Researchers integrate origami and engineering

Jun 06, 2013
WIth a cut, a few folds and a piece of tape, this kirigami structure models what could be a shelter or a microfluidic channel.

(Phys.org) —The quintessential piece of origami might be a decorative paper crane, but in the hands of an interdisciplinary University of Pennsylvania research team, it could lead to a drug-delivery device, an emergency shelter, or even a space station.

The Penn team is led by Randall Kamien, a professor in the Department of Physics and Astronomy in the School of Arts & Sciences, and includes Shu Yang, associate professor in the School of Engineering and Applied Science's departments of Materials Science and Engineering, and Chemical and Biomolecular Engineering.

Collaborating with researchers at Cornell University, the Penn team will share in a $2 million, four-year grant from the National Science Foundation's Division of Emerging Frontiers in Research and Innovation. The grant is through a program called ODISSEI, or Origami Design For The Integration Of Self-assembling Systems For Engineering Innovation.

The program draws inspiration from the Japanese art of paper folding, but the Penn team suggested adding a variant of the technique, known as kirigami, in which the paper can be cut as well as folded. Allowing for cuts and holes in the material makes it easier to fold rigid, three-dimensional structures.

The Penn team plans to begin by prototyping designs with paper and 3D-printed plastic.

"We want to demonstrate the concept in the macroscale, but once we have a grasp on how the theory and experiment work together—where to introduce cuts and folds—we'll shrink it down to the microscale," Yang says.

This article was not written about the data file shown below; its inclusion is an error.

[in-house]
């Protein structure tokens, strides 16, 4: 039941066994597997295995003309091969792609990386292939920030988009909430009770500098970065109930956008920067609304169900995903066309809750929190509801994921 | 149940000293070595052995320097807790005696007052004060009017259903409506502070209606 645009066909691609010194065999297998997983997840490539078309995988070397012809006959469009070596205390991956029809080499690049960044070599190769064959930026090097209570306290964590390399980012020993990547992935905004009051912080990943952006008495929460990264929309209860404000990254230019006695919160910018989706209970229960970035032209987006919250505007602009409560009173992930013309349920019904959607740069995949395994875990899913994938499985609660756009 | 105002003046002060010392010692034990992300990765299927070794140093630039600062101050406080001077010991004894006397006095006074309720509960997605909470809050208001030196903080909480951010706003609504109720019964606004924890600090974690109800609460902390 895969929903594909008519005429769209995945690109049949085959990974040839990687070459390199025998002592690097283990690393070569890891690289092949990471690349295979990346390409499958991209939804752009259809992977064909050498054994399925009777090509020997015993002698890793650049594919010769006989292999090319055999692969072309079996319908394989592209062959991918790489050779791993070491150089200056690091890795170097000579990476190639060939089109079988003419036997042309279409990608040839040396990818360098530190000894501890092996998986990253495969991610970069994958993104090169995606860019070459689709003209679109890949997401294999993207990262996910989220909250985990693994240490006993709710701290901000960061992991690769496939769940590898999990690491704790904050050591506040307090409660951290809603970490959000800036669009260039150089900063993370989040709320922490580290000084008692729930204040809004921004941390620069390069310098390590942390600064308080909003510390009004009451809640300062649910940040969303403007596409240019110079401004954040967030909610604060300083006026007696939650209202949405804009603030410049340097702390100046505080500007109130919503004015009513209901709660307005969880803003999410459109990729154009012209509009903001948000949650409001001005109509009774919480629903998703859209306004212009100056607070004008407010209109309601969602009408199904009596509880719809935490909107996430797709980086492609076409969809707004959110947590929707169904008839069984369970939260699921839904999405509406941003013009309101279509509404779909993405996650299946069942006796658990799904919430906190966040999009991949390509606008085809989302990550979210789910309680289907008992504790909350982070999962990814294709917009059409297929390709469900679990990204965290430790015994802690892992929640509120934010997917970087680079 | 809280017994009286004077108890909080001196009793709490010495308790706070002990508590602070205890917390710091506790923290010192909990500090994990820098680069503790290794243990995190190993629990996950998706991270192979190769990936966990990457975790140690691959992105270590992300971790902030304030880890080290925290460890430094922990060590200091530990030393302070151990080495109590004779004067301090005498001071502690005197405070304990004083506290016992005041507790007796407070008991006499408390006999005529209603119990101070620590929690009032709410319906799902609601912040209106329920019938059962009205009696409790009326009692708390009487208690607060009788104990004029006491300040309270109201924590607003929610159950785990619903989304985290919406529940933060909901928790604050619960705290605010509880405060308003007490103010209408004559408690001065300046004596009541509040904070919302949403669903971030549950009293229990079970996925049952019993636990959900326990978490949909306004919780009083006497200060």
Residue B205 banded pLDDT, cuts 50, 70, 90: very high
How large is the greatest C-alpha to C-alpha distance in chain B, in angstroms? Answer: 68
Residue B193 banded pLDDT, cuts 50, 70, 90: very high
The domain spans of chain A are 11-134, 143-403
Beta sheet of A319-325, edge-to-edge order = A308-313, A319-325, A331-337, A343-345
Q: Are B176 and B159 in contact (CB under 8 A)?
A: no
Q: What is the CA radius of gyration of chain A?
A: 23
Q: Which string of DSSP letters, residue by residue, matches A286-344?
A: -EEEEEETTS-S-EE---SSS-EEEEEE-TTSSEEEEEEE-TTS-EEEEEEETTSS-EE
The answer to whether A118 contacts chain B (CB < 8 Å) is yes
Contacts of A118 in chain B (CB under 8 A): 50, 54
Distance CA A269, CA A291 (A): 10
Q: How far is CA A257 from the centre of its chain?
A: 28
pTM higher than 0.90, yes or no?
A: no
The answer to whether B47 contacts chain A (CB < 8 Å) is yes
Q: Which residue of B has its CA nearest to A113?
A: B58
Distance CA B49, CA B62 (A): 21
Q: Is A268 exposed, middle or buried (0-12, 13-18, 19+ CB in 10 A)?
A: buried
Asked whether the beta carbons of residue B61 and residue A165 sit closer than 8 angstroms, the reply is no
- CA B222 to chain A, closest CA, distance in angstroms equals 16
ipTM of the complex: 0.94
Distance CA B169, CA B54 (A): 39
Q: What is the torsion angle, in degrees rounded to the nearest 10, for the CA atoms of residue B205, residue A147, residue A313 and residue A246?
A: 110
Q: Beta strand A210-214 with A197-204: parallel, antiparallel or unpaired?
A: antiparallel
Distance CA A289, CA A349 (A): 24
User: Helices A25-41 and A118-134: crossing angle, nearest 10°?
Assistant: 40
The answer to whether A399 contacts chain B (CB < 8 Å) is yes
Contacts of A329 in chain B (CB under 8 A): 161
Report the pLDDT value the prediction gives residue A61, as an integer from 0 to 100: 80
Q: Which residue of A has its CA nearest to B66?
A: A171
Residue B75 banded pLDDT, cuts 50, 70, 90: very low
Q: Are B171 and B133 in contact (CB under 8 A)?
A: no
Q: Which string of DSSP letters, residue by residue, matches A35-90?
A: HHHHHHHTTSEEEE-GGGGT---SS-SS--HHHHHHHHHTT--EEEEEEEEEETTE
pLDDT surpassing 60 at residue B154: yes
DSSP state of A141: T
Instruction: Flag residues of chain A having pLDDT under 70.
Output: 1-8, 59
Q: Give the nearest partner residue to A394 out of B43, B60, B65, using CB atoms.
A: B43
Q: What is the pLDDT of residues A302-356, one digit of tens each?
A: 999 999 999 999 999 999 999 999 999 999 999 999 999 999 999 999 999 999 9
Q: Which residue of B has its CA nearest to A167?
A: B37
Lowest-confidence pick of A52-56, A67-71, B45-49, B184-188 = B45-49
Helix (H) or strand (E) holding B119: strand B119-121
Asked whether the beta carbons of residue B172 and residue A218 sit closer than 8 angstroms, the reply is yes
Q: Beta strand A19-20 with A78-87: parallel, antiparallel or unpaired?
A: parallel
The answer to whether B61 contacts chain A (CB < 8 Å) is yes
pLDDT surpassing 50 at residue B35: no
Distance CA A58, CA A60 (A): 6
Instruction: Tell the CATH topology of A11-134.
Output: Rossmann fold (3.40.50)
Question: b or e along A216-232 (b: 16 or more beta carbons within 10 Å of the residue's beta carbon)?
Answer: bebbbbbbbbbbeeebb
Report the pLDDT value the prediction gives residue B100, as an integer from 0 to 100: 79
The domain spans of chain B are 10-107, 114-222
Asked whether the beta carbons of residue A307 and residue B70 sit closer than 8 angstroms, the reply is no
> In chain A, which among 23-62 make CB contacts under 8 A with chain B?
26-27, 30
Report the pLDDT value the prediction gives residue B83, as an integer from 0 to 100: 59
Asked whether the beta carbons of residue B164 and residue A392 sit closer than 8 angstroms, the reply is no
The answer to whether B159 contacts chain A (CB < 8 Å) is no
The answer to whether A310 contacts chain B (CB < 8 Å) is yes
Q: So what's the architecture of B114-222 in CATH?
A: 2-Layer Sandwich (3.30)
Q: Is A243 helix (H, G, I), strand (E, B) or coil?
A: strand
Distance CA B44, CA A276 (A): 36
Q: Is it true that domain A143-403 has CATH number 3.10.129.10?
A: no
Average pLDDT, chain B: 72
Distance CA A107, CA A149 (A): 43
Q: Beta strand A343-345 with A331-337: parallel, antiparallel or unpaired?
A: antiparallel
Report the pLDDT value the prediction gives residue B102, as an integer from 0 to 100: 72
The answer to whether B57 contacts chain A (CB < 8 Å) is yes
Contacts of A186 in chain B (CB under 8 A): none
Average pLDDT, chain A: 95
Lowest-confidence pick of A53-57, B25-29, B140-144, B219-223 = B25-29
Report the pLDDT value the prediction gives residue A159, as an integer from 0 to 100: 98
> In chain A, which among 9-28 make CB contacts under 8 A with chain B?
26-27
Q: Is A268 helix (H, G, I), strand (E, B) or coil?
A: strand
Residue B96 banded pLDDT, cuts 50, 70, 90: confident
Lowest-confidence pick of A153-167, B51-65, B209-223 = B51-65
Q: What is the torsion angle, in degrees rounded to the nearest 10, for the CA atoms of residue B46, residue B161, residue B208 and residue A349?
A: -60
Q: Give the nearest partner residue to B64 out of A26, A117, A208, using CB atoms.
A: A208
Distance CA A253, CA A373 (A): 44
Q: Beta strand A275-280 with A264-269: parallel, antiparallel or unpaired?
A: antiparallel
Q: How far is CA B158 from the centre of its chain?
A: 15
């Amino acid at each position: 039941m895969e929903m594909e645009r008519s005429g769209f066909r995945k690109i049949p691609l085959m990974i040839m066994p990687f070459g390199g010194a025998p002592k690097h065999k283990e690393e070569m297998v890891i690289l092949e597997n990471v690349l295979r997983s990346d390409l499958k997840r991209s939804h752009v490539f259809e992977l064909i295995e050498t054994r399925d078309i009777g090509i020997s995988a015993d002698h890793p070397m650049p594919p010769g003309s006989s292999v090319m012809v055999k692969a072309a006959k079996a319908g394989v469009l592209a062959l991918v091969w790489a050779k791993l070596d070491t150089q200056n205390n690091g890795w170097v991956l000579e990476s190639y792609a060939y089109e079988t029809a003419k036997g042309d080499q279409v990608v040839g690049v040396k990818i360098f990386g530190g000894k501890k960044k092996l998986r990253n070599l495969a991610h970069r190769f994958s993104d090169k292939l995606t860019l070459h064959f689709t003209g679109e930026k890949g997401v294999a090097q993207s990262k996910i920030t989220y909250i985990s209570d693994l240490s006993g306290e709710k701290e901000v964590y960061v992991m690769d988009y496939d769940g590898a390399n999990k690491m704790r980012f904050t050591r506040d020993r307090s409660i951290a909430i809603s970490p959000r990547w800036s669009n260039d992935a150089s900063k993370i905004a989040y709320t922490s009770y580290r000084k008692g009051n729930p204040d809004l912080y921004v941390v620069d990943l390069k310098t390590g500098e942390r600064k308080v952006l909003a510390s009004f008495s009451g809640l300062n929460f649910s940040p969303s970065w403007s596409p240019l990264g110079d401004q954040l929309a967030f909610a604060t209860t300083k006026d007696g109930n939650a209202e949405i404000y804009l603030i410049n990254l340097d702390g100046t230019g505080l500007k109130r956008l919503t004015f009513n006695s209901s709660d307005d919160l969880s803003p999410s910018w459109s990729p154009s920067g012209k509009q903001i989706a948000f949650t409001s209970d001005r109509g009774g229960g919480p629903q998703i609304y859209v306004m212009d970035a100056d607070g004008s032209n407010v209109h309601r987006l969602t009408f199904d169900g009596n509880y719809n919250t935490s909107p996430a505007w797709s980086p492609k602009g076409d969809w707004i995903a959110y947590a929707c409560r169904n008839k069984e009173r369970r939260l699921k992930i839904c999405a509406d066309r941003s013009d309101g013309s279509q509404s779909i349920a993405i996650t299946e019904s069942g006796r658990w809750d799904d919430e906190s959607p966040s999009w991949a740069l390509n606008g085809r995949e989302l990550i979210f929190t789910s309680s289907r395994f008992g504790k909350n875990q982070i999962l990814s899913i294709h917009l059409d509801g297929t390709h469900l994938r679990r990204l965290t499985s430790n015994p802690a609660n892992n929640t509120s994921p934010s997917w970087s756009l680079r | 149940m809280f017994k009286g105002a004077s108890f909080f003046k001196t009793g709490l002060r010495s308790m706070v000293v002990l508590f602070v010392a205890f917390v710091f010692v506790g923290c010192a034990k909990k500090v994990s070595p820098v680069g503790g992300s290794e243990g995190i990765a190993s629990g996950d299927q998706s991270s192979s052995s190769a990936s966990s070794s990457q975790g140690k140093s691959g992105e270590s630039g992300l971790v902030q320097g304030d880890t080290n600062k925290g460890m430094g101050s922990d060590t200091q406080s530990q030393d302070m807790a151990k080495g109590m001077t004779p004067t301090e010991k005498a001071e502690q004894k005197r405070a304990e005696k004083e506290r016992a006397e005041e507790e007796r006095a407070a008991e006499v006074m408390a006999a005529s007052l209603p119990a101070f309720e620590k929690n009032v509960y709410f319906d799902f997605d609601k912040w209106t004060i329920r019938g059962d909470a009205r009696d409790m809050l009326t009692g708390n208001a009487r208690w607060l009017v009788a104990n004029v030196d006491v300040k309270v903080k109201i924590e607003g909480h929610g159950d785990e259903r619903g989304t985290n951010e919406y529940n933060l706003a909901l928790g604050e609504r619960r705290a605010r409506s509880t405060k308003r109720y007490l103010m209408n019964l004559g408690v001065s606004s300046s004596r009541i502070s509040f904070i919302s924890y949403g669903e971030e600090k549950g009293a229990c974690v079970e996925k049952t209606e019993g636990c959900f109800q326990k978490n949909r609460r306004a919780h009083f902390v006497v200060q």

Yang and Kamien have collaborated on similar molecule-manipulating research in the past. Along with Kathleen Stebe, deputy dean for research at Penn Engineering, they developed a technique for getting a layer of liquid crystals to form different patterns of divots or bumps based on nanoscale templates.

These concepts can also be scaled up, enabling applications such as emergency shelters that can be folded flat for transport. Kirigami architecture is particularly attractive for space-based structures, which are free from the size constraints imposed by gravity, but still need to fit into the cargo bays of launch vehicles.

"The thing that's cool about geometry, is that the Pythagorean theorem works the same for big triangles and little triangles," Kamien says. "We can build something out of paper, or we can build the same structure much smaller, working with molecules, or much bigger with cloth or metal."

Explore further: Identifying long-distance threats: New 3D technology could improve CCTV images

add to favorites email to friend print save as pdf

Related Stories

Researchers fold origami with light

May 10, 2012

(Phys.org) -- Replacing the need for nimble fingers, researchers have demonstrated how to make origami using light of a specific wavelength. They call the new folding technique photo-origami, and it could ...

Recommended for you

3D printed nose wins design award

23 hours ago

A Victoria University of Wellington design student is the New Zealand finalist for the James Dyson Award 2014 for his Master's project—a 3D printed prosthetic nose.

Engineering the Kelpies

Aug 27, 2014

Recently, Falkirk in Scotland saw the opening of the Kelpies, two thirty metre high horse head sculptures either side of a lock in a new canal extension.

Technology on the catwalk

Aug 27, 2014

Summer days bring thoughts of beach picnics, outdoor barbecues and pool parties. Yet it only takes the buzz of one tiny mosquito to dampen the fun.

Dismantling ships and the trajectory of steel

Aug 27, 2014

Tell me how you dismantle a ship, and I'll tell how a region can prosper from its steel! This could be the motto of this master's cycle at ENAC during which the projects of two civil engineering students ...

User comments : 0